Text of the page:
The true story of one Sacramento Firefighter’s sacrifice and his road to recovery.
Upon entering his first house fire, the entryway floor collapsed beneath the weight of firefighter Alex Galang. The fall of over seven feet sent him to his back on the dark basement floor below.
Recognizing how deadly a situation he was in, Alex knew he had to act fast. Reaching for the floor joists, he attempted to climb to safety on his own. In the struggle, he lost both gloves, while his hands, arms, head, and calves started to burn. As his life flashed before his eyes, he kept focused on one thing: getting back to his wife, Tina.
Another firefighter fell into the basement soon after. After calling a mayday out over the radio, Alex crouched down to boost his friend to safety. The pain from the burns was excruciating as I stood in that hot basement, recalls Alex.
But Alex’s ordeal didn’t end here. First, the rescue ladder lost its footing, crashing Alex to the floor yet again. Next, the unintended blast of a firehose struck him in the head. Devastated, tired, in pain, and out of breath, his oxygen mask was now filling with water.
Support crews moved quickly, as a second ladder arrived alongside shouts of encouragement. With only 90 seconds of air in his respirator left to breathe, the crew above pulled Alex free. The injured firefighter was immediately taken to UC Davis Medical Center.
Alex suffered second and third degree burns to his head, hands, arms and legs. A three-week stay in the Firefighters Burn Institute Regional Burn Center was necessary. His care program ranged from skin grafts to rehabilitative therapies and emotional care. Alex attributes his recovery to the hard work and compassion of (those) at the Burn Center, the Firefighters Burn Institute, and Sacramento City Fire Department. From the hospital stay, to the emotional support, I felt my injuries were completely taken care of. Alex notes that the encouragement of and connection with the burn community played a vital role in his recovery.
Now back to full duty as a Firefighter/Paramedic with the Sacramento Fire Department, Alex continues to push himself to grow. In many ways, he finds, my mental health recovery is far more complex than my physical burns. Managing anxiety and symptoms of my PTSD will always be a part of my life.
The community continues to help Alex learn to live with this new ‘normal.’ Recently attending the Phoenix Society’s World Burn Congress was an important step. There, he met many inspiring burn survivors, and shared his own first-hand experience to inspire others. All in all, the FFBI played a huge role in my recovery and continues to support me in my journey as a burn survivor. I am forever thankful for the FFBI!
FFBI is incredibly proud of the role we play in improving the lives of burn survivors and the community at large but…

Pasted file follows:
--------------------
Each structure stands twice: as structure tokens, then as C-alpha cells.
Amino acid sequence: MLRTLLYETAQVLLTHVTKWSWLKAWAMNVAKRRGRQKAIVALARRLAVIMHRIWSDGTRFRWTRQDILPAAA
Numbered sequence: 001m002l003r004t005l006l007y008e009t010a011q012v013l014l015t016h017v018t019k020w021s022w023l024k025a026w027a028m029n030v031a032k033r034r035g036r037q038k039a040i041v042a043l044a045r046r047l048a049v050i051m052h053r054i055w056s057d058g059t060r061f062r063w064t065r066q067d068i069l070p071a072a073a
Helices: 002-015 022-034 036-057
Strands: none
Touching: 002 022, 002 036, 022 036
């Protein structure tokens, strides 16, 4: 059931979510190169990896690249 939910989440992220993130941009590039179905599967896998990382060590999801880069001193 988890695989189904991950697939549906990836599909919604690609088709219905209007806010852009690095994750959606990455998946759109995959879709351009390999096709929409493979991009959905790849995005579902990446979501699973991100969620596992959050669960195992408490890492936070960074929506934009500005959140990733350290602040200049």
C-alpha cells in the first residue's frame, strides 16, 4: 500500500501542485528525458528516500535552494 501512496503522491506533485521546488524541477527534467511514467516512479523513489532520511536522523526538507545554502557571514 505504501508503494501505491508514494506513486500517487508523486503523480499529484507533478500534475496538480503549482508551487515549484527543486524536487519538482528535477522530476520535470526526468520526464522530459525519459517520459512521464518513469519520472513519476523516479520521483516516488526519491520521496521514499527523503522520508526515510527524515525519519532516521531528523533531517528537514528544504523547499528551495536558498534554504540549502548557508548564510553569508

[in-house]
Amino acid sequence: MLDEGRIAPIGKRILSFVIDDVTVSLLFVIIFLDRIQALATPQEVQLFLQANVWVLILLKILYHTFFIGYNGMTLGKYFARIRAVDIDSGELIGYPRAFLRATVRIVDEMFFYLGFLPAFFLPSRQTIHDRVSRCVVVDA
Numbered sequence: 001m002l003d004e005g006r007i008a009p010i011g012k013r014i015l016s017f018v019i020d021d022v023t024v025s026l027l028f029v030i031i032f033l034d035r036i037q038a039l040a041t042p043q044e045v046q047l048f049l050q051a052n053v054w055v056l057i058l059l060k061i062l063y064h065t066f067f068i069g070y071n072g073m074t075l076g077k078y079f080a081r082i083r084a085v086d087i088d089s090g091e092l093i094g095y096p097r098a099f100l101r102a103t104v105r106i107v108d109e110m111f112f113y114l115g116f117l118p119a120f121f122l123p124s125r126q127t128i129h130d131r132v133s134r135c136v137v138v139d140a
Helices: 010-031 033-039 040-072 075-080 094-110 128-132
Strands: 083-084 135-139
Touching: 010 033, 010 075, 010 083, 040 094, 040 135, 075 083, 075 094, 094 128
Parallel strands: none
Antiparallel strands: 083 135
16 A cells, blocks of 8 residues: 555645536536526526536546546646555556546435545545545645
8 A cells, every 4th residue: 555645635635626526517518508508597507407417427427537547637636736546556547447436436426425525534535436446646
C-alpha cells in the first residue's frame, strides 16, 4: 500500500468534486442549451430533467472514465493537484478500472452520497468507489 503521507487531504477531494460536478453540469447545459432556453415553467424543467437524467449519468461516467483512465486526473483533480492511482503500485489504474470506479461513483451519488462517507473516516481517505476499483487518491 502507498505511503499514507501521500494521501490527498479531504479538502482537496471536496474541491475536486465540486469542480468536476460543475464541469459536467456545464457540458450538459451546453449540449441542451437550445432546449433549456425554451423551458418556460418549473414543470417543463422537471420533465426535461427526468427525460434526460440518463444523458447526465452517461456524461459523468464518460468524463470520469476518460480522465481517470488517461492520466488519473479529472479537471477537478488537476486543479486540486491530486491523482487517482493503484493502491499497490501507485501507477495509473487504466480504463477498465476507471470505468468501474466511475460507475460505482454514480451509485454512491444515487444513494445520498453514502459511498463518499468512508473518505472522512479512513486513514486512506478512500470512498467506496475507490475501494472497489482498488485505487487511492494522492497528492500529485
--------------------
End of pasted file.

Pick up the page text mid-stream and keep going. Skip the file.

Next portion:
We can’t do it alone!
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If you would like to help out and get more involved please contact us, we would love to hear from you!
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But despite the normal signs of the season coming to an end, I’m reminded each time I step outside into the heat that it’s far from over.
Consider this: there are over a dozen active fires in California right now that continue to burn in part because it is summer. Nearly 40 firefighters from our neighborhood firehouses are assisting local, state and federal firefighters in the battle to extinguish these fires. They are on hose lines as part of “strike teams.” They are bringing skills to management teams holding positions likes Deputy Incident Commander, Fireline paramedic, Public Information Officer, Safety Officer, Resource and Facility Unit Leader and Task Force Leader. All of these are highly skilled positions that can be dangerous ones as well.
Your FFBI’s Response Team, staffed by firefighters volunteering their time, is put in place to assist the firefighters, their families, their department, union, association and medical staff when the dangerous nature of their job becomes an unfortunate event of a burn injury. The team has been at the FFBI Regional Burn Center at UC Davis seven times this year for our burn-injured firefighters. Four of the seven were battling the massive fires you have seen on the news, some have been in the burn unit for weeks, and all want to get back to protecting us. Summer is still not over for our firefighters.
All these firefighters are cut from the same cloth as their predecessors, the same firefighters that founded the FFBI. Every time I walk into my office located inside an antique firehouse, I am reminded of the fact that the FFBI – and ultimately the Firefighters Burn Institute Regional Burn Center at UCDMC – would not exist if it were not for the hard work and dedication of the firefighters and those who support them.
Nearly 45 years ago, after a horrific plane crash at Farrell’s Ice Cream, firefighters created the FFBI to ensure that our community, northern California and beyond, would be served by the best burn care on the planet. They rose to the challenge exactly like our local firefighters are doing today, to ensure we are safe and protected. Virtues that our FFBI volunteers from all walks of life have embraced as well. We all carry on the mission of our founder Cliff Haskell and the firefighters of years past.
Our firefighters are out there protecting us day and night. Summer will not be over for all us…
Executive Director, Firefighters Burn Institute
Retired Battalion Chief, Sacramento Metro Fire Department